Why We Study Mercury
Mercury doesn't always receive a lot of attention. The innermost planet to the Sun is smaller than both Jupiter’s moon Ganymede and Saturn’s moon Titan. It has been overshadowed by worlds like Mars that may have once harbored life, and planets that are solar systems unto themselves like Jupiter and Saturn.
Mercury is a world of extremes. Its surface appears old, cratered, and undisturbed by recent geologic activity. Yet it has a magnetic field, which is normally caused by a molten core that should, in turn, cause surface changes. Thanks to the nearby Sun, Mercury’s surface temperatures reach 430 degrees Celsius (800 degrees Fahrenheit) — yet like our Moon, water ice exists inside permanently shadowed craters at the poles.
Mercury is particularly interesting to scientists who study exoplanets, planets that orbit other stars. Thousands of known exoplanets orbit extremely close to their stars. By studying Mercury right here in our backyard, we can better understand what these close-orbiting worlds might be like.
Scientists aren't sure why Mercury’s core makes up 85% of the planet’s volume — much more than Earth’s, which makes up just 15%. The answer may help us understand the possibilities for different types of planets and how our solar system evolved.
Surface temperature: -184°C (-300°F) to 465°C (869°F)
Average distance from Sun: 58 million km (36 million miles), or 61% closer to the Sun than Earth
Diameter: 4,879 km (3,032 miles), Earth is 2.6 times wider
Volume: 61 billion km3 (15 billion mi3), Mercury could fit inside Earth 16.4 times
Gravity: 3.7 m/s², 38% of Earth’s
Solar day: 58.6 Earth days
Solar year: 88 Earth days
How We Study Mercury
Studying Mercury is a challenge because it actually takes more energy for a spacecraft to reach Mercury than Pluto. Mercury is the fastest-orbiting planet in our solar system — it blazes around the Sun at 48 kilometers (30 miles) per second. Missions trying to enter orbit there typically fly past Earth, Venus, and/or Mercury itself, using gravitational nudges to adjust their trajectories.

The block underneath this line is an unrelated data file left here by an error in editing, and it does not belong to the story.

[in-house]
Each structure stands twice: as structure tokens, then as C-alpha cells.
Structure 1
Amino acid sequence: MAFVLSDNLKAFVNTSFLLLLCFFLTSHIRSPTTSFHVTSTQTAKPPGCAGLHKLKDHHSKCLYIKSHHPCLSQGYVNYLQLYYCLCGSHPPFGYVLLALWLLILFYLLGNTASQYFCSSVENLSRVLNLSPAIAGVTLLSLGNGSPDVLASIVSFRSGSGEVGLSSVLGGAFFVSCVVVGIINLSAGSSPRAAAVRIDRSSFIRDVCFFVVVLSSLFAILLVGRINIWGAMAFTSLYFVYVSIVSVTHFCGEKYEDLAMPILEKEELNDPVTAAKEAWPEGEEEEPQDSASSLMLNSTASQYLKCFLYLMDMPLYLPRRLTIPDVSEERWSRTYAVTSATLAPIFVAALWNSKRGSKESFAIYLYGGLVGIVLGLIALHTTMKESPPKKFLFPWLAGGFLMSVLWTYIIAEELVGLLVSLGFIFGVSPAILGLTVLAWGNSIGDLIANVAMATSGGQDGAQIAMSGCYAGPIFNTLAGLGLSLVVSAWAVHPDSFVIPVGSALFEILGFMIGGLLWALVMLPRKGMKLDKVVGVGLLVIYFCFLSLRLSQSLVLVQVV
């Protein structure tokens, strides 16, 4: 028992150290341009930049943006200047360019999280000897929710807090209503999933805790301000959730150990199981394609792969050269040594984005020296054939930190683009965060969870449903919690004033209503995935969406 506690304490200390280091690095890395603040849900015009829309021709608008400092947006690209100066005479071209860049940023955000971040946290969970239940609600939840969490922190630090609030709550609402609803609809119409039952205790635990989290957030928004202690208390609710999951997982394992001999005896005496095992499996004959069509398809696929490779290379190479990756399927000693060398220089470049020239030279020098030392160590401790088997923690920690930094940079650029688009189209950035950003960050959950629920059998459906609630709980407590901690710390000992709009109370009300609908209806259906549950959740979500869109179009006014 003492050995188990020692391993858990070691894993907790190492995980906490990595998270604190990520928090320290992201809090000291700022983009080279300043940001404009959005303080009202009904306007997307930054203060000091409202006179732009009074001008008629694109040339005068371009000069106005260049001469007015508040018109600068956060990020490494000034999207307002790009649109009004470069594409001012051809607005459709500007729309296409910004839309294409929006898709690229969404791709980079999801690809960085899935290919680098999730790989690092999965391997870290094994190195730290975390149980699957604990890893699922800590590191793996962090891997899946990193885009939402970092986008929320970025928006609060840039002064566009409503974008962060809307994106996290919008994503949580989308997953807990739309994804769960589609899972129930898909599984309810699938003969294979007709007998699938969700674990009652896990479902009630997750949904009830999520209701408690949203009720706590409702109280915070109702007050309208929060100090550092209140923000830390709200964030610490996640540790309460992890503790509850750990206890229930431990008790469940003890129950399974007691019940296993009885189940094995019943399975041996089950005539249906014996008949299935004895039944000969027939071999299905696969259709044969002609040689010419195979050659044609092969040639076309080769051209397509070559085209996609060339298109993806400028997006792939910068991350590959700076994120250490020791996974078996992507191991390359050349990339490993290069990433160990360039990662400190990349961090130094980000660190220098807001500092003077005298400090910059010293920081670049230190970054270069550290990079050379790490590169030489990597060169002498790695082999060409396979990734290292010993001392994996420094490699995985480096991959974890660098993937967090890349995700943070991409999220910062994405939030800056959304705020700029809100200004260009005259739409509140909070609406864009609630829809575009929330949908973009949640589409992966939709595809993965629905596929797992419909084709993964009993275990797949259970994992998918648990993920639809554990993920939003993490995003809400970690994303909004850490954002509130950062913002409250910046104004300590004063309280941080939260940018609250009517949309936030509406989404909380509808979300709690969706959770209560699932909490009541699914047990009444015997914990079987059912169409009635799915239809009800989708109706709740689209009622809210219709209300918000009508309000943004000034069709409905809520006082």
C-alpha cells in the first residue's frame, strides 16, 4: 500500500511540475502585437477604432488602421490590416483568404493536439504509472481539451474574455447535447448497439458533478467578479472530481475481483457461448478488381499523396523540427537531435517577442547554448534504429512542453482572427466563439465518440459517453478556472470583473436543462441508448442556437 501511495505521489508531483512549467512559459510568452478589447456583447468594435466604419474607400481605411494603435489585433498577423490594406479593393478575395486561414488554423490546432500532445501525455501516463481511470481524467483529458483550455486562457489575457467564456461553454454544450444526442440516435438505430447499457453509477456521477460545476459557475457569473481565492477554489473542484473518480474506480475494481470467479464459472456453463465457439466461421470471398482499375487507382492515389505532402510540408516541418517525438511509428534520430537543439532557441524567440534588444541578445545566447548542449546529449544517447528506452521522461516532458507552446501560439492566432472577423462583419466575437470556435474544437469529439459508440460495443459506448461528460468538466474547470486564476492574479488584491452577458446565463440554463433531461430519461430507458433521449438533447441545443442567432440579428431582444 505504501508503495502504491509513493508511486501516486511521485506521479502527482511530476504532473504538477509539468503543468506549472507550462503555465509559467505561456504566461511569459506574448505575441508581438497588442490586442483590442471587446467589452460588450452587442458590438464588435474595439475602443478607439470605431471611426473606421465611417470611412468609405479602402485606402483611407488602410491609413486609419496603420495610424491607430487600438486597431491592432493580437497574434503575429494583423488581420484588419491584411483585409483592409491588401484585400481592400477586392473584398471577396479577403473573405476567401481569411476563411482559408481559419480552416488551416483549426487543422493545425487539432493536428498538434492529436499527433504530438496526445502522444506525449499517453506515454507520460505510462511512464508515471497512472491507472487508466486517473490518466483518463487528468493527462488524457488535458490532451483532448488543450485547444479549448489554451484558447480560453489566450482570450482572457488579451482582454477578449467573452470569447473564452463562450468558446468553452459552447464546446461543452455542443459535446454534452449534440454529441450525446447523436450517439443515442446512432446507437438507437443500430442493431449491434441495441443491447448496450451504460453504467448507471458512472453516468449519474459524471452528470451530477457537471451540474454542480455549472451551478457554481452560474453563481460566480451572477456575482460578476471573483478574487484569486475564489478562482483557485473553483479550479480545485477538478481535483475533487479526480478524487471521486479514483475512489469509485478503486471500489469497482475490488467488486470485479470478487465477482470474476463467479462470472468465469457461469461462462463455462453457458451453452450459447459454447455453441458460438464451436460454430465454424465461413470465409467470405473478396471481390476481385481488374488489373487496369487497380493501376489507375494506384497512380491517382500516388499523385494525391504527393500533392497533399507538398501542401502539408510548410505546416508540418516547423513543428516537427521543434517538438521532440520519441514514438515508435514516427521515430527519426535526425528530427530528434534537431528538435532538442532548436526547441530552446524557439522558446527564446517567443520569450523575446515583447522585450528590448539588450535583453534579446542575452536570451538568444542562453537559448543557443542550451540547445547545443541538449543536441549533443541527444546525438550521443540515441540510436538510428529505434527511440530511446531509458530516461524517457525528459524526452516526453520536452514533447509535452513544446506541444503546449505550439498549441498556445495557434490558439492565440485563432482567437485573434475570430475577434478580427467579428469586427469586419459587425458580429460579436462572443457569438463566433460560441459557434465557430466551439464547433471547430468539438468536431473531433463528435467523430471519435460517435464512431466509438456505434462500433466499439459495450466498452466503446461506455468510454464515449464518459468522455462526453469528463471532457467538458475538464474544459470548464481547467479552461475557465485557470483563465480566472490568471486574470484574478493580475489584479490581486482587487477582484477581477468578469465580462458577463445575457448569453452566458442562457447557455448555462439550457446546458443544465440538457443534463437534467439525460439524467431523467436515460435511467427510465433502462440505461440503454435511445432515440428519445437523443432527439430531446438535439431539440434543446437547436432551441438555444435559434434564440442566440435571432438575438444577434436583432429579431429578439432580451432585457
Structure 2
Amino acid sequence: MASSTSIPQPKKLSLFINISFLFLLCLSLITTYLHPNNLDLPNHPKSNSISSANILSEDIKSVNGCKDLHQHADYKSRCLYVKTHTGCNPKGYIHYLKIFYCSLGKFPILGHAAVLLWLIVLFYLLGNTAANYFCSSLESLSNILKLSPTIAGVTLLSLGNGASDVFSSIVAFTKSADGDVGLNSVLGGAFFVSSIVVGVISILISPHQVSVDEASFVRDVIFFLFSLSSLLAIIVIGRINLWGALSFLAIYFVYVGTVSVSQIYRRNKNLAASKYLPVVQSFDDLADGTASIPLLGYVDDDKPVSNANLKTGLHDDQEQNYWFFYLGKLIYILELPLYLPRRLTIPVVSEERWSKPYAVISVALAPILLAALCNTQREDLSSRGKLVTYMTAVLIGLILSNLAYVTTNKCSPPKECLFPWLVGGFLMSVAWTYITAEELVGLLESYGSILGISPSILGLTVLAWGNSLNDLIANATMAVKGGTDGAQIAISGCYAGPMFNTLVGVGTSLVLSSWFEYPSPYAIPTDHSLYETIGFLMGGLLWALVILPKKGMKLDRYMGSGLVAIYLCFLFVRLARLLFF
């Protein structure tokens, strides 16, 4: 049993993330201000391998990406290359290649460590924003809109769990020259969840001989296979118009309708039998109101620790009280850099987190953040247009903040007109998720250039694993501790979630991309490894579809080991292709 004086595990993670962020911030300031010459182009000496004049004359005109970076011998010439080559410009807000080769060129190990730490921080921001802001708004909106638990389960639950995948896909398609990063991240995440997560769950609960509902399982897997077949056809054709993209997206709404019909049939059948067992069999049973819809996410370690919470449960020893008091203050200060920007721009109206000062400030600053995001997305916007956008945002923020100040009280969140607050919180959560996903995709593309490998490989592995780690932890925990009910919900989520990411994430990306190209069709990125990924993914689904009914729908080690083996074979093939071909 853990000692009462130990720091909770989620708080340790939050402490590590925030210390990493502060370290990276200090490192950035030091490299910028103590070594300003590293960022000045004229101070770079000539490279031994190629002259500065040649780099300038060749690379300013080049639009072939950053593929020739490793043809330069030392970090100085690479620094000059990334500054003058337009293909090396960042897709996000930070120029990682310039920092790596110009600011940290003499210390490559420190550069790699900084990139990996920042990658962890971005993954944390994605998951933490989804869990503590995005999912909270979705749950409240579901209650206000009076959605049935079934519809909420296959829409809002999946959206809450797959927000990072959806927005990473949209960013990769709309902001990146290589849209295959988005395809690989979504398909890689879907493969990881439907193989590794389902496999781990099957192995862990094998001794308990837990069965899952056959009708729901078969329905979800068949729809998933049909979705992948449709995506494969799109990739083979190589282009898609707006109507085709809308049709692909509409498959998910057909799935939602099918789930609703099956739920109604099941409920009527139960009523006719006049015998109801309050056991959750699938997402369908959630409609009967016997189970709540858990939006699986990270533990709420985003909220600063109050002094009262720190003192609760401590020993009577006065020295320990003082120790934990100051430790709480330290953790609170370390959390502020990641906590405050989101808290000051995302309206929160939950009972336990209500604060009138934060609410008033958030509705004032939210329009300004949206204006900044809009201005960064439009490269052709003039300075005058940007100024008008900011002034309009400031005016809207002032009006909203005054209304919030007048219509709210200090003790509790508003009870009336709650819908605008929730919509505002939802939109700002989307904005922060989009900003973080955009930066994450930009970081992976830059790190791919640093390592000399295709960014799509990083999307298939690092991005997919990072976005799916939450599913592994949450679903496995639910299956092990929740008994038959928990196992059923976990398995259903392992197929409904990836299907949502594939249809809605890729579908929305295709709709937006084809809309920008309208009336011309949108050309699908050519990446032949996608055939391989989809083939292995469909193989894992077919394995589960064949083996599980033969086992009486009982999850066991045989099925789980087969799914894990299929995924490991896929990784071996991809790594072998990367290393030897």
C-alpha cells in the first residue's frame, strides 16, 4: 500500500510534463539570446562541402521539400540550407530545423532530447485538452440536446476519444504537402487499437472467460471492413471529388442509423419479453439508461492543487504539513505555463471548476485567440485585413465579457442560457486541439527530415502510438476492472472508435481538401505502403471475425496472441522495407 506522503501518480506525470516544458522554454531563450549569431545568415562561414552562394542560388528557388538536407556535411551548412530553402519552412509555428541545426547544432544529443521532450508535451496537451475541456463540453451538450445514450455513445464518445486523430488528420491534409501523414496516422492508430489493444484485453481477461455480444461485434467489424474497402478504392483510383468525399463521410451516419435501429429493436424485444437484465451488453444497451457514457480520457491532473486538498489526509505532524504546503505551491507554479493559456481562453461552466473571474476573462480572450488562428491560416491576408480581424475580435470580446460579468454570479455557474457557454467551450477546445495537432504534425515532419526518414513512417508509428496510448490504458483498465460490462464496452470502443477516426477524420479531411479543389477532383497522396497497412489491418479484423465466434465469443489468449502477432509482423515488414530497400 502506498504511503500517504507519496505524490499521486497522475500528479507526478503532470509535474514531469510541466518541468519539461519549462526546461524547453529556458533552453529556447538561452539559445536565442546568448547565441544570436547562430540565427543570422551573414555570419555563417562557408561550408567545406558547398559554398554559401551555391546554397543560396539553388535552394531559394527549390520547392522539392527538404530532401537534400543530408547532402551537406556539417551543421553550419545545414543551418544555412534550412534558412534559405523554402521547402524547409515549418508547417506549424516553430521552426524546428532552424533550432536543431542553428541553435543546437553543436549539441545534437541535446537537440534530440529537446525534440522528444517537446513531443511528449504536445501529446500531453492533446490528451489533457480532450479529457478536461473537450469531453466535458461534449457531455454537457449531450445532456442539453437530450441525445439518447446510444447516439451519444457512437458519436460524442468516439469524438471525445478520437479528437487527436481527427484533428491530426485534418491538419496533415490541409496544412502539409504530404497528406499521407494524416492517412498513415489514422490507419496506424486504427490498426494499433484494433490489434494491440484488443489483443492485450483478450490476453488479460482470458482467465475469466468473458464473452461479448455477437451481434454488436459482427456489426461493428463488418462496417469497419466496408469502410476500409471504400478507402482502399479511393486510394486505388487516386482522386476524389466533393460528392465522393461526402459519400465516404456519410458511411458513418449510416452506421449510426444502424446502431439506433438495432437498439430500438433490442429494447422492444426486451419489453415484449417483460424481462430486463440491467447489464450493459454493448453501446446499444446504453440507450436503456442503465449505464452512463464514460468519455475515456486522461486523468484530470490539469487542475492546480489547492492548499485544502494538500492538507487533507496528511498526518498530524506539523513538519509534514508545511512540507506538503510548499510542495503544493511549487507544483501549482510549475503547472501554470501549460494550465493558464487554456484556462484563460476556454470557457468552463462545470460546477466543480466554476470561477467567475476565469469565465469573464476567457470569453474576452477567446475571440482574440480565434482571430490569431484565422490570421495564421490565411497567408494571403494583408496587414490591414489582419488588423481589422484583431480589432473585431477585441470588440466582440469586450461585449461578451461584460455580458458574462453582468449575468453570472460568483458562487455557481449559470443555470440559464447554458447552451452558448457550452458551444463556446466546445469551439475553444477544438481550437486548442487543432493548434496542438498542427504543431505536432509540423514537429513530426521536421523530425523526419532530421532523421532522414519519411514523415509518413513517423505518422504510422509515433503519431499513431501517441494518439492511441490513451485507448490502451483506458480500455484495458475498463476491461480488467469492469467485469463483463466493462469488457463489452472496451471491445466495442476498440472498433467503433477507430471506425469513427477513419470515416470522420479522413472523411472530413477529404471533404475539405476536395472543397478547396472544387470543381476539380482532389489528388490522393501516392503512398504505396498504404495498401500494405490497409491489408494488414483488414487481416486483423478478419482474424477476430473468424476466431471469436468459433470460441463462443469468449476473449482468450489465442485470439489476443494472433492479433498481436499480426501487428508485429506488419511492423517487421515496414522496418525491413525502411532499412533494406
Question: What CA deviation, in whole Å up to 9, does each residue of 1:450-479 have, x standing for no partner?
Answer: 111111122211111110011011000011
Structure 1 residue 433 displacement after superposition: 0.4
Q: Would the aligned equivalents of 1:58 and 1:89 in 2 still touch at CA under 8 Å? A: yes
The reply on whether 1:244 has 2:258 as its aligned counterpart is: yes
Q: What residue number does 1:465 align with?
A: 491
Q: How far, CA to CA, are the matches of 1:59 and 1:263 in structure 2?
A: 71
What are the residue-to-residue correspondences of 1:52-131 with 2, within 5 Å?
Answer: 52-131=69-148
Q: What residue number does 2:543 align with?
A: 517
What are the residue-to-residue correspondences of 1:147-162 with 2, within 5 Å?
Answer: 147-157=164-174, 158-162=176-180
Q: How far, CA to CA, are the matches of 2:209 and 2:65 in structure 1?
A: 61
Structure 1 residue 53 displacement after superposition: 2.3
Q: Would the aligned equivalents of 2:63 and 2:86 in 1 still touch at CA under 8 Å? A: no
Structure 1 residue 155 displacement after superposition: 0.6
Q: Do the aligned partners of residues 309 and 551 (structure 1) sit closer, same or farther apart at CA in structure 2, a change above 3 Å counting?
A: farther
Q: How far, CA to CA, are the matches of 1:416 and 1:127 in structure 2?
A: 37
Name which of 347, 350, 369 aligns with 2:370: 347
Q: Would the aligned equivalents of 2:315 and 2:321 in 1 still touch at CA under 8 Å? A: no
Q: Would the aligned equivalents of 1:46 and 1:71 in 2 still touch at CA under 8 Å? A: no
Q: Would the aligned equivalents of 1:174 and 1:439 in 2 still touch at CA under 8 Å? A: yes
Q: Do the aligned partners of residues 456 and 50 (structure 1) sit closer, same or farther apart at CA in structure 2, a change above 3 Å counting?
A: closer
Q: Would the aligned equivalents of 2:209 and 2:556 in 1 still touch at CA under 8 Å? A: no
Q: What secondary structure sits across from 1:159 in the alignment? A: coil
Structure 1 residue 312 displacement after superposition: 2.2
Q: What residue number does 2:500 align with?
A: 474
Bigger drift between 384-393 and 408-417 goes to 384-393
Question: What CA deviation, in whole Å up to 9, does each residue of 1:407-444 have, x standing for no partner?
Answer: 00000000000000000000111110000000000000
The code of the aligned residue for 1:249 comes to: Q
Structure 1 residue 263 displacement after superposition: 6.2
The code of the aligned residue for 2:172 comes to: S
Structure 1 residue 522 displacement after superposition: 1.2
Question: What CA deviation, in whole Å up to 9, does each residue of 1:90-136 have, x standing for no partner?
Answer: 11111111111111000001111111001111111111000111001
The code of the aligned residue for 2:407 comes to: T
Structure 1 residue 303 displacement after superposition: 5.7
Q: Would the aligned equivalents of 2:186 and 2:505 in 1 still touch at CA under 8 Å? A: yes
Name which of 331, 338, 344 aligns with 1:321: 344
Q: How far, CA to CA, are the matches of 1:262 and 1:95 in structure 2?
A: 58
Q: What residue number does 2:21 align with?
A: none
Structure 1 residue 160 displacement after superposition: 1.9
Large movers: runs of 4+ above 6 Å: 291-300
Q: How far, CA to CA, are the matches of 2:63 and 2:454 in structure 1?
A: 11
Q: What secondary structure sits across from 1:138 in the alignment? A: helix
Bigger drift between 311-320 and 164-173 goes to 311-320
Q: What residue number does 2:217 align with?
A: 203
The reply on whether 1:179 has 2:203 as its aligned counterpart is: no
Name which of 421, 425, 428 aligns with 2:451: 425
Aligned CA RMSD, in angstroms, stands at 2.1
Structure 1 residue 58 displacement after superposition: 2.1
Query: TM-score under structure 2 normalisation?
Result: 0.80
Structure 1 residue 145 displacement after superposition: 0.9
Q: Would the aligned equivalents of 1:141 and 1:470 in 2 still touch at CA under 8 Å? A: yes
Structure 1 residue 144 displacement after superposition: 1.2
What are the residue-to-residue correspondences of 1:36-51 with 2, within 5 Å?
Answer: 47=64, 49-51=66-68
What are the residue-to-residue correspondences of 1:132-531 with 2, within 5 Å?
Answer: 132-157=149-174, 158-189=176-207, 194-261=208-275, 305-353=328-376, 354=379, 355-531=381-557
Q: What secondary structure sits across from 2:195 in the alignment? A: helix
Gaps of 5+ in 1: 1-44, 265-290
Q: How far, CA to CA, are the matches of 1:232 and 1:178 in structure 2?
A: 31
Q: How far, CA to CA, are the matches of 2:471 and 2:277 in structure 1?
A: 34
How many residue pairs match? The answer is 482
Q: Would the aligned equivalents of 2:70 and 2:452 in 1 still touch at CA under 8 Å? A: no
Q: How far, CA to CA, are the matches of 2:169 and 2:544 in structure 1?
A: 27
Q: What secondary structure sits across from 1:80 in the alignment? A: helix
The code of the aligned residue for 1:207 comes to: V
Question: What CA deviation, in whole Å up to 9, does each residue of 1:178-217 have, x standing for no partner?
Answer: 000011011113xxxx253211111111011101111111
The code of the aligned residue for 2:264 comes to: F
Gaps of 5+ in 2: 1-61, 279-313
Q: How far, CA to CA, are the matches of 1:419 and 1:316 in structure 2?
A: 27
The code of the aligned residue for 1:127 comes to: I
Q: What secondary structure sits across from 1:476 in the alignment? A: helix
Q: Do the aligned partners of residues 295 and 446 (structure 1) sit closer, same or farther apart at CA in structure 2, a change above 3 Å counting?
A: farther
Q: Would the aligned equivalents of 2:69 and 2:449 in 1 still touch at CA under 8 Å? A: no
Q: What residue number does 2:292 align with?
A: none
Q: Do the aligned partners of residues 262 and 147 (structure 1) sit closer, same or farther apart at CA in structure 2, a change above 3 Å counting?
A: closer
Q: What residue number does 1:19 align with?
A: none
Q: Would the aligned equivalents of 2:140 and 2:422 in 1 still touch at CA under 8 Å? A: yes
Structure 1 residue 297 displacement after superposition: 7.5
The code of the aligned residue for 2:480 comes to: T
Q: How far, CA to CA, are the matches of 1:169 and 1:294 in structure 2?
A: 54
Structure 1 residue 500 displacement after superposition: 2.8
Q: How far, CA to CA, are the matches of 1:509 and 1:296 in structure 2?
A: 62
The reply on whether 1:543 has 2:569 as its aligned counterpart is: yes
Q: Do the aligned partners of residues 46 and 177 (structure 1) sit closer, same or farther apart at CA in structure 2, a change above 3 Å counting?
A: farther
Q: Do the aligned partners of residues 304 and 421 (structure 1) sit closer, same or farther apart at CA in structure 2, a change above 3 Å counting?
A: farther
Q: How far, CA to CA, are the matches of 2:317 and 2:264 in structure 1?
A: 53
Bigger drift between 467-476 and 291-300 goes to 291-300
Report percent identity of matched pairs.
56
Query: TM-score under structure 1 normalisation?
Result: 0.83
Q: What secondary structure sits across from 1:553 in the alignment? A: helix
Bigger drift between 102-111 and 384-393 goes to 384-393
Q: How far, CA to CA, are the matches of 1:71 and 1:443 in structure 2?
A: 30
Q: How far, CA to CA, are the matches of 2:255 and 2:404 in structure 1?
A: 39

Only three spacecraft have ever visited Mercury. In the 1970s, NASA’s Mariner 10 made three flybys of the planet — seeing the same side each time — revealing its crater-ridden surface and magnetic field. No spacecraft visited again until NASA’s MESSENGER became the first spacecraft to orbit Mercury in 2011.
MESSENGER gave us a more complete picture of the planet than ever before. The spacecraft revealed Mercury to have an unusually large core and an offset magnetic field. MESSENGER also found the planet to be surprisingly rich in volatiles, elements that evaporate at room temperature, including finding ample evidence of water ice on Mercury’s poles. This helped scientists rule out many of its previously suggested formation models while also advancing our knowledge of how the solar system formed and evolved.
We also study Mercury using powerful Earth-based radar telescopes, which zap the planet with energy and measure the reflections. The Arecibo Observatory radio telescope created maps of water ice inside Mercury’s permanently shadowed craters.
The only current Mercury mission is BepiColombo, a joint Japanese-European mission that launched in 2018 and will arrive in Mercury orbit in 2025. BepiColombo will help us understand why Mercury has such a large core, and how the planet generates its magnetic field. BepiColombo will also allow planetary scientists to better understand why some planets have internally generated magnetic fields (Mercury and Earth) while others don’t (Venus and Mars). On Earth, our magnetic field protects us from the solar wind, which would otherwise damage our planet’s atmosphere.